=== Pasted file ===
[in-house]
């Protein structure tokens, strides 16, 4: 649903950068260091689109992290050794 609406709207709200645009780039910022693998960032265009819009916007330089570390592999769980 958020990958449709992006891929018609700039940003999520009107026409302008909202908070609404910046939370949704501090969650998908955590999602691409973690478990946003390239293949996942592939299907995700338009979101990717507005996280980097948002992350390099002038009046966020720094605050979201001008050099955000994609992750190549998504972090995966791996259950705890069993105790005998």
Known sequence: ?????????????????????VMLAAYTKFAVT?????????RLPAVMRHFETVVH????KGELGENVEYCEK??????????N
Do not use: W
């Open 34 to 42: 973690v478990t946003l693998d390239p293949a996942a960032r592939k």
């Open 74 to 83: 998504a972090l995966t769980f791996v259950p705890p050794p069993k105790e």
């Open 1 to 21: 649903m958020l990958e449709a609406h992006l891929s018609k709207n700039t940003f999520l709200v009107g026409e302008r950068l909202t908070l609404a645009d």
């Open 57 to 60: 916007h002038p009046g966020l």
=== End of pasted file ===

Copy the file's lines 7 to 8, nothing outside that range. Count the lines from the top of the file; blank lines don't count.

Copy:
């Open 1 to 21: 649903m958020l990958e449709a609406h992006l891929s018609k709207n700039t940003f999520l709200v009107g026409e302008r950068l909202t908070l609404a645009d």
């Open 57 to 60: 916007h002038p009046g966020l």